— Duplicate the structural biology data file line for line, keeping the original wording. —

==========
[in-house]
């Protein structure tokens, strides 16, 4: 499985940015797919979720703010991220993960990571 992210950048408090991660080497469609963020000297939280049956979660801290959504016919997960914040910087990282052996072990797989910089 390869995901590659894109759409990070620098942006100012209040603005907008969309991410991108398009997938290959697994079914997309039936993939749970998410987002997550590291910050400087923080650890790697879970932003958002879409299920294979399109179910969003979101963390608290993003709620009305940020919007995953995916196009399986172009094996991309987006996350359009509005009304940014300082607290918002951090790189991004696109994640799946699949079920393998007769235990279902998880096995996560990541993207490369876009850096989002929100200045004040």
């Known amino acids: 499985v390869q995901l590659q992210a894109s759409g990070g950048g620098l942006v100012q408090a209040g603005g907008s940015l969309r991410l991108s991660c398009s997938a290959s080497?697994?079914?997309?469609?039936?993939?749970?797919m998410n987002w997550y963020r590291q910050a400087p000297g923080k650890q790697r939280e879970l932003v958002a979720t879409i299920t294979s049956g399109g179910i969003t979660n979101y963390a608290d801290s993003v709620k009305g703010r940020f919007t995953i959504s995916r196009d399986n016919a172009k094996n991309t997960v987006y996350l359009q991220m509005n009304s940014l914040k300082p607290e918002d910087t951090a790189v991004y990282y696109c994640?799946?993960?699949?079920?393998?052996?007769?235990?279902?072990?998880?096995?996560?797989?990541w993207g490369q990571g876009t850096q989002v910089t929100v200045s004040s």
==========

[in-house]
């Protein structure tokens, strides 16, 4: 499985940015797919979720703010991220993960990571 992210950048408090991660080497469609963020000297939280049956979660801290959504016919997960914040910087990282052996072990797989910089 390869995901590659894109759409990070620098942006100012209040603005907008969309991410991108398009997938290959697994079914997309039936993939749970998410987002997550590291910050400087923080650890790697879970932003958002879409299920294979399109179910969003979101963390608290993003709620009305940020919007995953995916196009399986172009094996991309987006996350359009509005009304940014300082607290918002951090790189991004696109994640799946699949079920393998007769235990279902998880096995996560990541993207490369876009850096989002929100200045004040």
């Known amino acids: 499985v390869q995901l590659q992210a894109s759409g990070g950048g620098l942006v100012q408090a209040g603005g907008s940015l969309r991410l991108s991660c398009s997938a290959s080497?697994?079914?997309?469609?039936?993939?749970?797919m998410n987002w997550y963020r590291q910050a400087p000297g923080k650890q790697r939280e879970l932003v958002a979720t879409i299920t294979s049956g399109g179910i969003t979660n979101y963390a608290d801290s993003v709620k009305g703010r940020f919007t995953i959504s995916r196009d399986n016919a172009k094996n991309t997960v987006y996350l359009q991220m509005n009304s940014l914040k300082p607290e918002d910087t951090a790189v991004y990282y696109c994640?799946?993960?699949?079920?393998?052996?007769?235990?279902?072990?998880?096995?996560?797989?990541w993207g490369q990571g876009t850096q989002v910089t929100v200045s004040s």